No One Is Buying Tickets to the Mayweather-McGregor Fight - Maxim

No One Is Buying Tickets to the Mayweather-McGregor Fight

Vegas is damn hot in August.
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Mayweather McGregor split

Mayweather, McGregor

There is so much hype surrounding the upcoming August 26 bout between UFC champ Conor McGregor and boxing legend Floyd Mayweather. You'd think the event was already sold out. You'd be wrong. 

Even though the insult-slinging Irishman and the cocky undefeated boxer have received plenty of attention for their colorful press tour, ESPN reports there's a surprising amount of room left inside Las Vegas' T-Mobile Arena with less than a month to go:

A check online Saturday revealed hundreds of seats still available from Ticketmaster at the T-Mobile Arena for the Aug. 26 fight. There are so many open seats that fans with enough room left on their credit cards can buy six tickets together in 162 different spots throughout the arena.  

There could be some rational reasons for that, however:

That might be because of the astronomical prices set by promoters -- the cheapest tickets still available on Ticketmaster have a face value of $3,500. Or maybe fans are just waiting for the right time to buy, hoping the price will go down.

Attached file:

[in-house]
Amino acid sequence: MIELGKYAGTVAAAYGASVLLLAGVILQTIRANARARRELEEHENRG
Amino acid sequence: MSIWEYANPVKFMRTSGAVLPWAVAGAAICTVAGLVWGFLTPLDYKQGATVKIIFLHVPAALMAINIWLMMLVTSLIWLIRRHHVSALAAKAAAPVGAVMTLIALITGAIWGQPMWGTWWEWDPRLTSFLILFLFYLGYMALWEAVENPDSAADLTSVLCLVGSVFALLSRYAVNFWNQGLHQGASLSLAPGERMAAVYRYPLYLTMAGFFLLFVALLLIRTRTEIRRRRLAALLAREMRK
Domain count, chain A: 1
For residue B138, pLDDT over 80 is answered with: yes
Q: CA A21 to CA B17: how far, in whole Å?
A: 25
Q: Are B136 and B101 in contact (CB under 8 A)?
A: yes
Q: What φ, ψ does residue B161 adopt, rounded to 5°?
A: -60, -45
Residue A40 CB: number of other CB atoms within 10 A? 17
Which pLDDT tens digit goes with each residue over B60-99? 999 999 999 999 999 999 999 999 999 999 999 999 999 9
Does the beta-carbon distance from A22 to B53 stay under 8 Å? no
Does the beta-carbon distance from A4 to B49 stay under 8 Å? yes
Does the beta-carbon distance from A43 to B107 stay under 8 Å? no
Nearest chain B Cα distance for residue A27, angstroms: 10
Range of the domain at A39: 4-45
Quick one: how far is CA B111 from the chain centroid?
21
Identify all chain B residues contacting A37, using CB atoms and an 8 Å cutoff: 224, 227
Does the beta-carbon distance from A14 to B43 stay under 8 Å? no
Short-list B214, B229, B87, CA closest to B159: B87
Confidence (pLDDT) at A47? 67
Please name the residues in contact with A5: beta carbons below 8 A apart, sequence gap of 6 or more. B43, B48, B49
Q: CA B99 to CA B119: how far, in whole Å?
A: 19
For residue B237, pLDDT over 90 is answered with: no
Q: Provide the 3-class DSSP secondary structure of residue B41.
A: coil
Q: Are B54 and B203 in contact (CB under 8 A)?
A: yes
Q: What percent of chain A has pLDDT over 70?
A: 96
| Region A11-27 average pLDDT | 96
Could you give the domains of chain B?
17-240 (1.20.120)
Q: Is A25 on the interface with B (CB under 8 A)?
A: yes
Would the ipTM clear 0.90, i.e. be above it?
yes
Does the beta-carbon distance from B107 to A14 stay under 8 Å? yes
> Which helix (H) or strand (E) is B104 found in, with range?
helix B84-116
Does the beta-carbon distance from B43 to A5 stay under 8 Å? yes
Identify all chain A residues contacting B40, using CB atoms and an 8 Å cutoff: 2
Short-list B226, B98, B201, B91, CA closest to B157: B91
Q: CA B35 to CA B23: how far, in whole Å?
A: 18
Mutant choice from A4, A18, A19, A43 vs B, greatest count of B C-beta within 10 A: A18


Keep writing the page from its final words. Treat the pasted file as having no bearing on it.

It appears promoters aren't worried, however. Leonard Ellerbe, CEO of Mayweather Promotions, told the Associated Press that they "very excited and very happy with ticket sales so far."

Hope his breath is minty fresh. (Video Still)

Hope his breath is minty fresh. (Video Still)

Ellerbe also indicated he thinks they are heading for "smashing our own record which transcended the sport."

The base price for a ticket is $3500 and if you want to sit within spitting distance of the ring it can rise to $10,000 or so. Even re-sold tickets average $7000. There are plenty of people who can swing those costs but the question remains—will they shell out for what amounts to a novelty fight?

Another reported indicator of surprisingly weak interest—numerous hotel rooms remain available on fight weekend, unusual enough for Vegas at that time of year anyway.

Promoters may clean up regardless. The pay-per-view cost will be a $99.95. If 5 million tune in at that rate, no one will lose money. 

h/t ESPN